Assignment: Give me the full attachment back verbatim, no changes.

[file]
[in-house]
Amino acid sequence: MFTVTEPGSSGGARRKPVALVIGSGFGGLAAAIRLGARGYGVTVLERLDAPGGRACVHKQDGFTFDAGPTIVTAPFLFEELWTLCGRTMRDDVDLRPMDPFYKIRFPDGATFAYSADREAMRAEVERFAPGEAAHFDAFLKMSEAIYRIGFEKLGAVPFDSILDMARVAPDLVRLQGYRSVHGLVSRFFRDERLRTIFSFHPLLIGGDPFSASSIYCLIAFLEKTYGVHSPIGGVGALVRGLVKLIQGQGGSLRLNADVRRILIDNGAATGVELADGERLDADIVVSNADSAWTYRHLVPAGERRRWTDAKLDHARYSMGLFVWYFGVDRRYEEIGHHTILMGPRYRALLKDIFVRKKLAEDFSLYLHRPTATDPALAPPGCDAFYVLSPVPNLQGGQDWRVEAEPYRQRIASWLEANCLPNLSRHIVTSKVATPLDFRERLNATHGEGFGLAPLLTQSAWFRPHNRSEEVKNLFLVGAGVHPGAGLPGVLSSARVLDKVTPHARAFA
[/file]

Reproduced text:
[in-house]
Amino acid sequence: MFTVTEPGSSGGARRKPVALVIGSGFGGLAAAIRLGARGYGVTVLERLDAPGGRACVHKQDGFTFDAGPTIVTAPFLFEELWTLCGRTMRDDVDLRPMDPFYKIRFPDGATFAYSADREAMRAEVERFAPGEAAHFDAFLKMSEAIYRIGFEKLGAVPFDSILDMARVAPDLVRLQGYRSVHGLVSRFFRDERLRTIFSFHPLLIGGDPFSASSIYCLIAFLEKTYGVHSPIGGVGALVRGLVKLIQGQGGSLRLNADVRRILIDNGAATGVELADGERLDADIVVSNADSAWTYRHLVPAGERRRWTDAKLDHARYSMGLFVWYFGVDRRYEEIGHHTILMGPRYRALLKDIFVRKKLAEDFSLYLHRPTATDPALAPPGCDAFYVLSPVPNLQGGQDWRVEAEPYRQRIASWLEANCLPNLSRHIVTSKVATPLDFRERLNATHGEGFGLAPLLTQSAWFRPHNRSEEVKNLFLVGAGVHPGAGLPGVLSSARVLDKVTPHARAFA